Honeybees can learn to recognize human faces. Adrian G. Dyer of the University of Cambridge and his colleagues trained the bees by getting the insects to associate black-and-white mug shots with a sweet reward (a sucrose drink) or with a bitter punishment (a quinine solution). During tests, which offered no reward or punishment, smarter bees did not bumble the task. They hovered two to three inches from the photographs before correctly landing near the “reward face” 80 to 90 percent of the time. They also performed well when novel and stick-figure faces were part of the selection. The results demonstrate that face recognition, which might seem to be a sophisticated neural ability, does not need much brainpower—bees have less than 0.01 percent the neurons that humans do. Generating the buzz is the December 15, 2005, Journal of Experimental Biology.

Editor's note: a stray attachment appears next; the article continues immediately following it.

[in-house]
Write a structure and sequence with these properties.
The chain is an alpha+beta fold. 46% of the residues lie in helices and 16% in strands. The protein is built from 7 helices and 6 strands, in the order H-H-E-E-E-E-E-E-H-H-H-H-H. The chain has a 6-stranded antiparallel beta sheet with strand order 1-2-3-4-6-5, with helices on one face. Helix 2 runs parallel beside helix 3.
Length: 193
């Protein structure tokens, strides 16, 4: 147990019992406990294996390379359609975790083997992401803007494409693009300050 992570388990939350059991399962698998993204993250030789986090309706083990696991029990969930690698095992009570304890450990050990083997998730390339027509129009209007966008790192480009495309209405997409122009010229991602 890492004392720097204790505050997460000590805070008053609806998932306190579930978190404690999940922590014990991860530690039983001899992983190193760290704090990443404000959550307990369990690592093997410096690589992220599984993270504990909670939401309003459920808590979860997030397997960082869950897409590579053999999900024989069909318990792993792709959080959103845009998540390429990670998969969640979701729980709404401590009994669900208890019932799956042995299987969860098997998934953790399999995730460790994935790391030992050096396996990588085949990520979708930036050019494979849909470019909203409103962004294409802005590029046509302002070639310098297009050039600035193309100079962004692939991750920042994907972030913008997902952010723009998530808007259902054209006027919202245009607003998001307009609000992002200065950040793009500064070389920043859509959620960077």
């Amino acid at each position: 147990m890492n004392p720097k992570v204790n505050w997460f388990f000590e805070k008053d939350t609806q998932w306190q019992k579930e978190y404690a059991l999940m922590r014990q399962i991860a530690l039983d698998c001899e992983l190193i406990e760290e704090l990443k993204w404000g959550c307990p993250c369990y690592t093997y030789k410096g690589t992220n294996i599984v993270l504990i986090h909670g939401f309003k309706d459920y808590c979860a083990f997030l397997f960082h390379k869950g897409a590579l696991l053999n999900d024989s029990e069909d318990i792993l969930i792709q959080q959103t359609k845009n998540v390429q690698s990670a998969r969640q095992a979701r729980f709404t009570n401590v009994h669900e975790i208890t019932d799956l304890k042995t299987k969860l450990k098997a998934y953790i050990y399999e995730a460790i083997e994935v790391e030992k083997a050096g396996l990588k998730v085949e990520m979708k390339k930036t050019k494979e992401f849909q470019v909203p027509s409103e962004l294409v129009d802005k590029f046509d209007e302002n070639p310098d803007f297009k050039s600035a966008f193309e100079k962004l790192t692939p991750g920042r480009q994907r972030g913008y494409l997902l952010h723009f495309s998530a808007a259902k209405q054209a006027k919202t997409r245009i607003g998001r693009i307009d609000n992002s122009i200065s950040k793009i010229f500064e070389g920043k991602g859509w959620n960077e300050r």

This article was originally published with the title "Sight for Bee Eyes" in Scientific American 294, 2, 28 (February 2006)